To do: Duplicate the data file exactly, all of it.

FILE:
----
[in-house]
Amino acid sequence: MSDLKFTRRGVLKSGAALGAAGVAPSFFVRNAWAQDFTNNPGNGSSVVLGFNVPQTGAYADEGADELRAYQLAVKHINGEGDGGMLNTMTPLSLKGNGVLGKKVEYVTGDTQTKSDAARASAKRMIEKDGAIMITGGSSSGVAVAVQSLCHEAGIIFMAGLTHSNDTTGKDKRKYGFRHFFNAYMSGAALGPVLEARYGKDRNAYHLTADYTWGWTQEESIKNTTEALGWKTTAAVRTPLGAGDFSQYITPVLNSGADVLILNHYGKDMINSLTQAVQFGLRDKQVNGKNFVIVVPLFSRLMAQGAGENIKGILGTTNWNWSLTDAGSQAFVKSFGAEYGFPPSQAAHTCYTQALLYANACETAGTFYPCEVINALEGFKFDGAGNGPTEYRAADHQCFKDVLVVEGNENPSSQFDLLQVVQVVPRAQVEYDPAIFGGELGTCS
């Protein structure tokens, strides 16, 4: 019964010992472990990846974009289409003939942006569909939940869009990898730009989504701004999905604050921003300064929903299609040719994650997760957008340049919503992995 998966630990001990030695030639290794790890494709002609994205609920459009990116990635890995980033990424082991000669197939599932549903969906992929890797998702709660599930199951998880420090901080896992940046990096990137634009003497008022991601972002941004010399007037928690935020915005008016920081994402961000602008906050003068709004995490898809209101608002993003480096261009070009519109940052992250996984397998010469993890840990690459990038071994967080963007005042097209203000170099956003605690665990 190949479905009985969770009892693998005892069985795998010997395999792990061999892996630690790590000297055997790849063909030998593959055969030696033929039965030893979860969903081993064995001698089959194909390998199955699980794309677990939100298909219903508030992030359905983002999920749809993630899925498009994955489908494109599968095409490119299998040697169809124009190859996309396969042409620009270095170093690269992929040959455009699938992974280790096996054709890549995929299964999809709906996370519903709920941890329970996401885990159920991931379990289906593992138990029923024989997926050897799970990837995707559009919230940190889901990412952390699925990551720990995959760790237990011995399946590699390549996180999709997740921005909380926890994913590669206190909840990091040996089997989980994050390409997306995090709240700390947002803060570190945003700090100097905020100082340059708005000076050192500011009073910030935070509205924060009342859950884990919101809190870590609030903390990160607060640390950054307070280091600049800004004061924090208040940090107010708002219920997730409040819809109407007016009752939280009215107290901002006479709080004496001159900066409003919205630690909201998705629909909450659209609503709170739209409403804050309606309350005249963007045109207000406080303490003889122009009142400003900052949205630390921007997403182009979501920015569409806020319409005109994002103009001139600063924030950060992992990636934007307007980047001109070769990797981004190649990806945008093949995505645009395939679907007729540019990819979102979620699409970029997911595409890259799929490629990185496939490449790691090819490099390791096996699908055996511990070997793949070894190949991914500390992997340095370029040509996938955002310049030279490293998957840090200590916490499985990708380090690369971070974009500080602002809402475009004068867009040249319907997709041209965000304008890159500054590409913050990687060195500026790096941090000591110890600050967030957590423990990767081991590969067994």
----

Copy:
[in-house]
Amino acid sequence: MSDLKFTRRGVLKSGAALGAAGVAPSFFVRNAWAQDFTNNPGNGSSVVLGFNVPQTGAYADEGADELRAYQLAVKHINGEGDGGMLNTMTPLSLKGNGVLGKKVEYVTGDTQTKSDAARASAKRMIEKDGAIMITGGSSSGVAVAVQSLCHEAGIIFMAGLTHSNDTTGKDKRKYGFRHFFNAYMSGAALGPVLEARYGKDRNAYHLTADYTWGWTQEESIKNTTEALGWKTTAAVRTPLGAGDFSQYITPVLNSGADVLILNHYGKDMINSLTQAVQFGLRDKQVNGKNFVIVVPLFSRLMAQGAGENIKGILGTTNWNWSLTDAGSQAFVKSFGAEYGFPPSQAAHTCYTQALLYANACETAGTFYPCEVINALEGFKFDGAGNGPTEYRAADHQCFKDVLVVEGNENPSSQFDLLQVVQVVPRAQVEYDPAIFGGELGTCS
């Protein structure tokens, strides 16, 4: 019964010992472990990846974009289409003939942006569909939940869009990898730009989504701004999905604050921003300064929903299609040719994650997760957008340049919503992995 998966630990001990030695030639290794790890494709002609994205609920459009990116990635890995980033990424082991000669197939599932549903969906992929890797998702709660599930199951998880420090901080896992940046990096990137634009003497008022991601972002941004010399007037928690935020915005008016920081994402961000602008906050003068709004995490898809209101608002993003480096261009070009519109940052992250996984397998010469993890840990690459990038071994967080963007005042097209203000170099956003605690665990 190949479905009985969770009892693998005892069985795998010997395999792990061999892996630690790590000297055997790849063909030998593959055969030696033929039965030893979860969903081993064995001698089959194909390998199955699980794309677990939100298909219903508030992030359905983002999920749809993630899925498009994955489908494109599968095409490119299998040697169809124009190859996309396969042409620009270095170093690269992929040959455009699938992974280790096996054709890549995929299964999809709906996370519903709920941890329970996401885990159920991931379990289906593992138990029923024989997926050897799970990837995707559009919230940190889901990412952390699925990551720990995959760790237990011995399946590699390549996180999709997740921005909380926890994913590669206190909840990091040996089997989980994050390409997306995090709240700390947002803060570190945003700090100097905020100082340059708005000076050192500011009073910030935070509205924060009342859950884990919101809190870590609030903390990160607060640390950054307070280091600049800004004061924090208040940090107010708002219920997730409040819809109407007016009752939280009215107290901002006479709080004496001159900066409003919205630690909201998705629909909450659209609503709170739209409403804050309606309350005249963007045109207000406080303490003889122009009142400003900052949205630390921007997403182009979501920015569409806020319409005109994002103009001139600063924030950060992992990636934007307007980047001109070769990797981004190649990806945008093949995505645009395939679907007729540019990819979102979620699409970029997911595409890259799929490629990185496939490449790691090819490099390791096996699908055996511990070997793949070894190949991914500390992997340095370029040509996938955002310049030279490293998957840090200590916490499985990708380090690369971070974009500080602002809402475009004068867009040249319907997709041209965000304008890159500054590409913050990687060195500026790096941090000591110890600050967030957590423990990767081991590969067994």